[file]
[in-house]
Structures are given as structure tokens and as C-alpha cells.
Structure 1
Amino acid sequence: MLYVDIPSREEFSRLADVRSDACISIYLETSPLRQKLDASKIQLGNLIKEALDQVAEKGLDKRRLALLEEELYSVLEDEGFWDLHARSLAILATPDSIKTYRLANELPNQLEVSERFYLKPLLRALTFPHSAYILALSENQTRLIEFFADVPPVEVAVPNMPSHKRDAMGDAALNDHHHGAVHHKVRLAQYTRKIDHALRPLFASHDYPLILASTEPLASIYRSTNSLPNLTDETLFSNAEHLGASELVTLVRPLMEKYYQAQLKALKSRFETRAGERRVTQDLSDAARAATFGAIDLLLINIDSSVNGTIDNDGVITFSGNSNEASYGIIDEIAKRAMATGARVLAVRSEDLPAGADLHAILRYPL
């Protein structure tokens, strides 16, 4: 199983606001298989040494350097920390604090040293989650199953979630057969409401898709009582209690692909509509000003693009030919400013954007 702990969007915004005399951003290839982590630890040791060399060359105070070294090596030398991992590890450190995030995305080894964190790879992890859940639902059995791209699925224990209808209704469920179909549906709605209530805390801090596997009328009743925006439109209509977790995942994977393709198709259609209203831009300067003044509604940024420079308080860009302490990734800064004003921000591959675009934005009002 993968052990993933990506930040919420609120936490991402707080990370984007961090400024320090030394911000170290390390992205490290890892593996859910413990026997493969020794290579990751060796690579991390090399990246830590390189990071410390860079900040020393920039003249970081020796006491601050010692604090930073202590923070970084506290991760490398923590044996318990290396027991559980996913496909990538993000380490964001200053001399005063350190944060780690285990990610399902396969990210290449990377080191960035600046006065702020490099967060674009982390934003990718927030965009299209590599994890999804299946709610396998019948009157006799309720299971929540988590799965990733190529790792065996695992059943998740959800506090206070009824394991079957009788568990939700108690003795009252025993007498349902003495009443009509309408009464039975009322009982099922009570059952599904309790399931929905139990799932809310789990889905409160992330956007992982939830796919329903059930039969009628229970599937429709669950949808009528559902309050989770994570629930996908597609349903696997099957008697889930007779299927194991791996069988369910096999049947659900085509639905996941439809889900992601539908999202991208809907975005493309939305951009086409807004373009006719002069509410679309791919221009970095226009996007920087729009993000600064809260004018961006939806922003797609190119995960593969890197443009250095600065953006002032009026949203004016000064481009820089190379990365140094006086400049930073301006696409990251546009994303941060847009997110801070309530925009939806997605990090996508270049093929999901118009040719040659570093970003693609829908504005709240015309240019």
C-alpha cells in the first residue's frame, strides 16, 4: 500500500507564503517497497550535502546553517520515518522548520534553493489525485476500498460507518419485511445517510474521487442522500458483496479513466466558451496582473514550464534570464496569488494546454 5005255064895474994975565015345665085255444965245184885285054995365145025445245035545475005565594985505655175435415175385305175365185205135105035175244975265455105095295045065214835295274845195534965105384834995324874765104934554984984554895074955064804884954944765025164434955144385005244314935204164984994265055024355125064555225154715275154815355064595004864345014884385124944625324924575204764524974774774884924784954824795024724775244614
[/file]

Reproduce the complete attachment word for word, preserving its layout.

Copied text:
[in-house]
Structures are given as structure tokens and as C-alpha cells.
Structure 1
Amino acid sequence: MLYVDIPSREEFSRLADVRSDACISIYLETSPLRQKLDASKIQLGNLIKEALDQVAEKGLDKRRLALLEEELYSVLEDEGFWDLHARSLAILATPDSIKTYRLANELPNQLEVSERFYLKPLLRALTFPHSAYILALSENQTRLIEFFADVPPVEVAVPNMPSHKRDAMGDAALNDHHHGAVHHKVRLAQYTRKIDHALRPLFASHDYPLILASTEPLASIYRSTNSLPNLTDETLFSNAEHLGASELVTLVRPLMEKYYQAQLKALKSRFETRAGERRVTQDLSDAARAATFGAIDLLLINIDSSVNGTIDNDGVITFSGNSNEASYGIIDEIAKRAMATGARVLAVRSEDLPAGADLHAILRYPL
């Protein structure tokens, strides 16, 4: 199983606001298989040494350097920390604090040293989650199953979630057969409401898709009582209690692909509509000003693009030919400013954007 702990969007915004005399951003290839982590630890040791060399060359105070070294090596030398991992590890450190995030995305080894964190790879992890859940639902059995791209699925224990209808209704469920179909549906709605209530805390801090596997009328009743925006439109209509977790995942994977393709198709259609209203831009300067003044509604940024420079308080860009302490990734800064004003921000591959675009934005009002 993968052990993933990506930040919420609120936490991402707080990370984007961090400024320090030394911000170290390390992205490290890892593996859910413990026997493969020794290579990751060796690579991390090399990246830590390189990071410390860079900040020393920039003249970081020796006491601050010692604090930073202590923070970084506290991760490398923590044996318990290396027991559980996913496909990538993000380490964001200053001399005063350190944060780690285990990610399902396969990210290449990377080191960035600046006065702020490099967060674009982390934003990718927030965009299209590599994890999804299946709610396998019948009157006799309720299971929540988590799965990733190529790792065996695992059943998740959800506090206070009824394991079957009788568990939700108690003795009252025993007498349902003495009443009509309408009464039975009322009982099922009570059952599904309790399931929905139990799932809310789990889905409160992330956007992982939830796919329903059930039969009628229970599937429709669950949808009528559902309050989770994570629930996908597609349903696997099957008697889930007779299927194991791996069988369910096999049947659900085509639905996941439809889900992601539908999202991208809907975005493309939305951009086409807004373009006719002069509410679309791919221009970095226009996007920087729009993000600064809260004018961006939806922003797609190119995960593969890197443009250095600065953006002032009026949203004016000064481009820089190379990365140094006086400049930073301006696409990251546009994303941060847009997110801070309530925009939806997605990090996508270049093929999901118009040719040659570093970003693609829908504005709240015309240019």
C-alpha cells in the first residue's frame, strides 16, 4: 500500500507564503517497497550535502546553517520515518522548520534553493489525485476500498460507518419485511445517510474521487442522500458483496479513466466558451496582473514550464534570464496569488494546454 5005255064895474994975565015345665085255444965245184885285054995365145025445245035545475005565594985505655175435415175385305175365185205135105035175244975265455105095295045065214835295274845195534965105384834995324874765104934554984984554895074955064804884954944765025164434955144385005244314935204164984994265055024355125064555225154715275154815355064595004864345014884385124944625324924575204764524974774774884924784954824795024724775244614